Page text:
Pythagoras Teacher Resources

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There are fundamental principles that nearly everybody knows about. Define the principles of Golden Mean, Fibonacci Numbers, creativity, and matter in terms of their Greek origins. Presented here are brief histories, philosophies, and teachings of some of Greece's greatest thinkers. 
There are four main topics in this bundle of lesson plans. They don't need to be taught sequentially. Each lesson has three parts: a starter, a main activity, and something to help consolidate and provide reflection on concepts learned.
A video leads off this activity on fables, introducing the class to this important form of traditional storytelling. The group defines fable and hears an explanation of the origin of this type of folk tale. They summarize the story they watch, state the moral, and relate the moral to their own experiences. Finally, small groups retell a fable, placing it in modern context. A fun instructional activity sure to get even your young boys engaged! 
Students are introduced to the various gods and goddesses in ancient Greek mythology. In groups, they use print and electronic resources to research the ways Greek culture has influenced the modern world. To end the lesson, they identify and write a paper on the role of the Greek warrior and participate in a role play acting out the movements of the warriors.
Students identify the components of sound. They describe the relationship between pitch and frequency and explain the terms sympathetic vibrations and resonance. They perform simple experiments about the world of sound and explain the process of hearing.
Students observe how math is important in navigation and engineering. They study how surveyors use math and science to calcute, count, measure, label, and indicate distances on a map. They estimate specific distances.
Young geometers use technology (Geometer’s Sketchpad) to explore the Pythagorean Theorem and analyze different proofs. Students work in small groups to gain insight into the relationships of the sides of right triangles by constructing and measuring a variety of right triangles, using GSP to prove the theorem, and solving a number of different problems. 
For this square roots worksheet, 8th graders solve 14 different types of problems to include determining the square root of a number of problems, determining the area of a rectangle and the length of a side of a square with the same rectangle. They also determine the length of each unknown side of the illustrated right-angled triangles and then, find the length of a diagonal of each rectangle. Finally, students determine the value of problems and write their answer in fraction form.
Students challenge their math knowledge through a series of lessons designed to engage critical thinking and reasoning skills. In these problem solving lessons, students work with the Pythagorean Theorem, time zones in different regions of the world, proportional reasoning, and averages.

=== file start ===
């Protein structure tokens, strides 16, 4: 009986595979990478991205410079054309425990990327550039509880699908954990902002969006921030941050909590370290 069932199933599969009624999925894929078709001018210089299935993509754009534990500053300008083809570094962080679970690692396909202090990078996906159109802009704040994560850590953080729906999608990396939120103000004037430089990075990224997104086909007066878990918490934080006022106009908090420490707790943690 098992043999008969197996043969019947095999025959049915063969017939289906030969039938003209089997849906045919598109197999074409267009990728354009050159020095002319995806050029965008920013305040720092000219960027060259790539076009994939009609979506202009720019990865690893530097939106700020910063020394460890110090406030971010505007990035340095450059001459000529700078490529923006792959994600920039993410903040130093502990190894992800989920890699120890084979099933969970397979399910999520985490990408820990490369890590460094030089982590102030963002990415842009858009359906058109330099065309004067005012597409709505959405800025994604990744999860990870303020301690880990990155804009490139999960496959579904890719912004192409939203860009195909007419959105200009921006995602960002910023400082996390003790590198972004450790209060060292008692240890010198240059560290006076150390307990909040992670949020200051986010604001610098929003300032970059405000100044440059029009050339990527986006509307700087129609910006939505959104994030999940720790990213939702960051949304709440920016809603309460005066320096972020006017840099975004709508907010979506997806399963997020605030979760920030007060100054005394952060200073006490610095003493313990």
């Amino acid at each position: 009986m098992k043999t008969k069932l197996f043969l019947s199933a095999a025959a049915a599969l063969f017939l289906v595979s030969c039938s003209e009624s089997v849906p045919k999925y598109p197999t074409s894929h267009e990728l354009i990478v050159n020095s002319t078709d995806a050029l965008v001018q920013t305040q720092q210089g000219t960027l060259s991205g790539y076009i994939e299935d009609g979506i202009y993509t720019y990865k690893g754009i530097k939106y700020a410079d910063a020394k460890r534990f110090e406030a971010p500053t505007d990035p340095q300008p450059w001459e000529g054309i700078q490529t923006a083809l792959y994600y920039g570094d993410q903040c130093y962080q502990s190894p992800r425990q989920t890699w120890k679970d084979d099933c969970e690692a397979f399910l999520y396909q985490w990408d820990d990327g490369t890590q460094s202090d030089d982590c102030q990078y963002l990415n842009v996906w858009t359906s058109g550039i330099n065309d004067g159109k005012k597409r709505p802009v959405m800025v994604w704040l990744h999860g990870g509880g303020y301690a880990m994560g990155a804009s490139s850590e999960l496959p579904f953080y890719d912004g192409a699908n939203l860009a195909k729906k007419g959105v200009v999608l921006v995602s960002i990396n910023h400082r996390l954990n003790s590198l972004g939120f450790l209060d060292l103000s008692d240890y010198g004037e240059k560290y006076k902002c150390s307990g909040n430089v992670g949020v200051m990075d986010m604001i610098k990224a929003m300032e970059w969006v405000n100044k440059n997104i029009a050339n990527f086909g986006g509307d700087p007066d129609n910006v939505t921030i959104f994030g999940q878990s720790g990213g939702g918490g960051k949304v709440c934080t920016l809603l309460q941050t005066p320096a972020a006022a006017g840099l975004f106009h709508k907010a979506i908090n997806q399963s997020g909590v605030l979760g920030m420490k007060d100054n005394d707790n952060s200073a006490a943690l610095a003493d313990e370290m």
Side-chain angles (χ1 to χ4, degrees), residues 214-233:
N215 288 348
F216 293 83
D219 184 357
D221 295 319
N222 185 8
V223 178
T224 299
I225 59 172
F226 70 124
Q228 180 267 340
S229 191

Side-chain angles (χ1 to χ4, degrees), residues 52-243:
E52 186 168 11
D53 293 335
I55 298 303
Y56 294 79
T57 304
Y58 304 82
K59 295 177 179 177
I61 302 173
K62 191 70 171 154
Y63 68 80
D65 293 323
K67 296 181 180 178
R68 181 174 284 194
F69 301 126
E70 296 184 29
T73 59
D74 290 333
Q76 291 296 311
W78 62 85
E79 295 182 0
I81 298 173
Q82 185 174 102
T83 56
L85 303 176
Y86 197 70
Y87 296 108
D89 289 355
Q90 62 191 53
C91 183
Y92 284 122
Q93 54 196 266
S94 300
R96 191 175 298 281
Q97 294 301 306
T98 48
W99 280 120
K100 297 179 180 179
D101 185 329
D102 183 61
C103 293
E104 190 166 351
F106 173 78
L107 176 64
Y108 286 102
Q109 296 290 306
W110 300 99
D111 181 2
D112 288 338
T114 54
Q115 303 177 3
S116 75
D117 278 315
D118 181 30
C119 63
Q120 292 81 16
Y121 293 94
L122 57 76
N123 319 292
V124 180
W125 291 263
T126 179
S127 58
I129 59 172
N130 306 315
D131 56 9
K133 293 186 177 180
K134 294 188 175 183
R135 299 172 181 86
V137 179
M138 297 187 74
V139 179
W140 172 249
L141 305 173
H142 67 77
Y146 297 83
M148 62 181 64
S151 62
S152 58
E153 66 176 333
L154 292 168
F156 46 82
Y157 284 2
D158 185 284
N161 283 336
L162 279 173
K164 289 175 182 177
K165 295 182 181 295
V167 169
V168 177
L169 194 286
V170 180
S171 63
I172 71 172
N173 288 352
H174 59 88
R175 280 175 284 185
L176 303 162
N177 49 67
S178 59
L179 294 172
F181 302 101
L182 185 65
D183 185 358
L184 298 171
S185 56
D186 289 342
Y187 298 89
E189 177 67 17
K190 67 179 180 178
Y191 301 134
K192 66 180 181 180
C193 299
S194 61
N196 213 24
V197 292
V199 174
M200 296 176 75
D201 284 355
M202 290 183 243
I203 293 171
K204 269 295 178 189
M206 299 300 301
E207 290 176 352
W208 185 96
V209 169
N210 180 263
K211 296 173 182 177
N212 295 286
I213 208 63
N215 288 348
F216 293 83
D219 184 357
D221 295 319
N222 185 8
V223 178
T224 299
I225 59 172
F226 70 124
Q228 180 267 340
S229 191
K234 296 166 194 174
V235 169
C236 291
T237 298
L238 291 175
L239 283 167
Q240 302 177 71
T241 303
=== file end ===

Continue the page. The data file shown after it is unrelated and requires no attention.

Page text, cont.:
In this graphing worksheet, 9th graders read one page of graphing examples and complete 8 exercise problems. Each problem involves graphing and coordinates.
In this geometry worksheet, 10th graders solve for missing sides and angles of a triangle. They use the pythagorean theorem to solve for the unknown in a right triangle. There are 5 questions on this worksheet.
Students analyze pieces of art through measurements. In this geometry lesson, students measure art work through estimation, calculation and formulas. They work together to collect data and analyze it. They measure and record their findings.
Students listen and scan for information and identify purpose in Transcendentalist writing. In this self-management lesson, students identify main and supporting details. Students evaluate whether or not the author achieved his purpose as they read Transcendentalist writings such as "Self-Reliance" by Ralph Waldo Emerson.  Students create a personal mission statement and discuss their ideas of happiness. 
Here is a math worksheet which has learners calculate the surface area and volume of a variety of solid shapes. This thorough worksheet has five problems for the pupils to solve, and includes an answer sheet.
Young scholars explore uniform circular motion, and the relation of its frequency of N revolutions/sec with the peripheral velocity v and with the rotation period T, and the "centripetal acceleration" of an object.
Students examine the concept of frames of reference in physics: that two frames of reference, each moving with respect to the other with a constant velocity v, observe the same accelerations and therefore Newton's laws are the same in both.
Third graders study Aesop, a Greek slave who lived around the sixth century B.C. Using video and the Internet, the lesson covers the function of storytelling as the way to pass on a culture's customs and beliefs to the next generation.
Upper grade and middle schoolers collect data, analyze and interpret the data. This three-part lesson should provide learners with a firm understanding about the differences between mean, median, and mode and how to perform the calculations necessary to come up with each.
Sixth graders examine benchmark angles embedded into a circle grid and examine how grid systems do not always have to be square. the game "Tomb Robbers" is used to develop strategies.
There are many different ways to show a proof of the Pythagorean Theorem.  Here is a nice hands-on paper cutting activity that shows a graphic representation. You can even challenge your young Pythagoreans to come up with their own alternative representation. Links to relevant websites are also included. 

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